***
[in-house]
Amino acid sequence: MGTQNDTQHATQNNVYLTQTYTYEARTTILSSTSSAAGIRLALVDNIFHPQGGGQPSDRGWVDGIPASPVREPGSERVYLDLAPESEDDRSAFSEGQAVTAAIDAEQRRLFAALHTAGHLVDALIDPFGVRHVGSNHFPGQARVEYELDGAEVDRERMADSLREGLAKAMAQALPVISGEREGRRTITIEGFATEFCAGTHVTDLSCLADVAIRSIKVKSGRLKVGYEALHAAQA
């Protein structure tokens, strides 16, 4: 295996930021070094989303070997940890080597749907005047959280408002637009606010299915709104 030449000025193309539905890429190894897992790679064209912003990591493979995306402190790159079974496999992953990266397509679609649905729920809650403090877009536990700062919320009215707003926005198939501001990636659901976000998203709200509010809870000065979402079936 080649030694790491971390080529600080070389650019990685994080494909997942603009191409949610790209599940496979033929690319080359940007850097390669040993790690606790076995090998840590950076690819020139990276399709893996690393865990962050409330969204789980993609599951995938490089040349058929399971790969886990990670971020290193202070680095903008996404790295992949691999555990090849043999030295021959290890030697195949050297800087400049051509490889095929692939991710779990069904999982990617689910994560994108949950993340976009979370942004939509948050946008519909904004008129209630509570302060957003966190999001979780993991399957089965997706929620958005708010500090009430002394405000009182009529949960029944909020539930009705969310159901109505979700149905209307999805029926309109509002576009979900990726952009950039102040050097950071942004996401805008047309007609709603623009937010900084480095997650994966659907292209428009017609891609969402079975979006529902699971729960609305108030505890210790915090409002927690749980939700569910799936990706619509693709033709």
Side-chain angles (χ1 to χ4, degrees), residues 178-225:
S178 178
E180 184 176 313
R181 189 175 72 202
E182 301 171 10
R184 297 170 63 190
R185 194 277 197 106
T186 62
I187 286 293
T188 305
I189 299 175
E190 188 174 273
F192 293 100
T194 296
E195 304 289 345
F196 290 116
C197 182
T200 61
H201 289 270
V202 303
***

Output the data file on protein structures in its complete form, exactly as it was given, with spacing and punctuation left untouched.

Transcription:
[in-house]
Amino acid sequence: MGTQNDTQHATQNNVYLTQTYTYEARTTILSSTSSAAGIRLALVDNIFHPQGGGQPSDRGWVDGIPASPVREPGSERVYLDLAPESEDDRSAFSEGQAVTAAIDAEQRRLFAALHTAGHLVDALIDPFGVRHVGSNHFPGQARVEYELDGAEVDRERMADSLREGLAKAMAQALPVISGEREGRRTITIEGFATEFCAGTHVTDLSCLADVAIRSIKVKSGRLKVGYEALHAAQA
């Protein structure tokens, strides 16, 4: 295996930021070094989303070997940890080597749907005047959280408002637009606010299915709104 030449000025193309539905890429190894897992790679064209912003990591493979995306402190790159079974496999992953990266397509679609649905729920809650403090877009536990700062919320009215707003926005198939501001990636659901976000998203709200509010809870000065979402079936 080649030694790491971390080529600080070389650019990685994080494909997942603009191409949610790209599940496979033929690319080359940007850097390669040993790690606790076995090998840590950076690819020139990276399709893996690393865990962050409330969204789980993609599951995938490089040349058929399971790969886990990670971020290193202070680095903008996404790295992949691999555990090849043999030295021959290890030697195949050297800087400049051509490889095929692939991710779990069904999982990617689910994560994108949950993340976009979370942004939509948050946008519909904004008129209630509570302060957003966190999001979780993991399957089965997706929620958005708010500090009430002394405000009182009529949960029944909020539930009705969310159901109505979700149905209307999805029926309109509002576009979900990726952009950039102040050097950071942004996401805008047309007609709603623009937010900084480095997650994966659907292209428009017609891609969402079975979006529902699971729960609305108030505890210790915090409002927690749980939700569910799936990706619509693709033709």
Side-chain angles (χ1 to χ4, degrees), residues 178-225:
S178 178
E180 184 176 313
R181 189 175 72 202
E182 301 171 10
R184 297 170 63 190
R185 194 277 197 106
T186 62
I187 286 293
T188 305
I189 299 175
E190 188 174 273
F192 293 100
T194 296
E195 304 289 345
F196 290 116
C197 182
T200 61
H201 289 270
V202 303